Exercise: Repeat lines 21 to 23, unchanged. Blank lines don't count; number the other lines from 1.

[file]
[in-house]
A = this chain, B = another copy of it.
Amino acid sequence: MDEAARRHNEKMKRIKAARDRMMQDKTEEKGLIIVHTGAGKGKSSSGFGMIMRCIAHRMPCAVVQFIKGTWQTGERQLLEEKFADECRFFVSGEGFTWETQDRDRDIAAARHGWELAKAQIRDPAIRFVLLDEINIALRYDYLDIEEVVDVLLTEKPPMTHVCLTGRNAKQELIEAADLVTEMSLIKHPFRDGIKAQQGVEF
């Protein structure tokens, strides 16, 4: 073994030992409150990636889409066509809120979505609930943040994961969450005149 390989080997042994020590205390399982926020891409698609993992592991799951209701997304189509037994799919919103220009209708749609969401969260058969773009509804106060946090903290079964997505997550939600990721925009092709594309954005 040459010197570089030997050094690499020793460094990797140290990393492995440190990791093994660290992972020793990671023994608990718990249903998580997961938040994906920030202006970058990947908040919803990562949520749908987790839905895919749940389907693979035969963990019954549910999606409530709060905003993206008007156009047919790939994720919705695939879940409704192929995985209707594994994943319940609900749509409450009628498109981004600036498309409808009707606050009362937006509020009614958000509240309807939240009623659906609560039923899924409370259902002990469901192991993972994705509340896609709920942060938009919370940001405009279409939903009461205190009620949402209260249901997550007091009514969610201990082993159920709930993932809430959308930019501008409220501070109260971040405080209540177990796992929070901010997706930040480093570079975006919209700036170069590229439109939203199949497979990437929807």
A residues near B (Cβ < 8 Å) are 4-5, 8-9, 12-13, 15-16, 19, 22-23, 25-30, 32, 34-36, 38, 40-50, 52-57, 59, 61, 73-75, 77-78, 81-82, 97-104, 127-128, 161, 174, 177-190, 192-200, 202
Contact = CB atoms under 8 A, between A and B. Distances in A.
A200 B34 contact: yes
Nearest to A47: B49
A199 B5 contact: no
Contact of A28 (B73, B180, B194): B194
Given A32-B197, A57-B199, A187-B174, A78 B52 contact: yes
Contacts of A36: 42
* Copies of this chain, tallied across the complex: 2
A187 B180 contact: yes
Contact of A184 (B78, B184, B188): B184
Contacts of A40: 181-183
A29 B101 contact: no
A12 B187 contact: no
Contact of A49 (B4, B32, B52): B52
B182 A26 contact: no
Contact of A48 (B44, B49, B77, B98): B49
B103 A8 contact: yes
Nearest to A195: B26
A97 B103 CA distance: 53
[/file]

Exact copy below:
Contact of A48 (B44, B49, B77, B98): B49
B103 A8 contact: yes
Nearest to A195: B26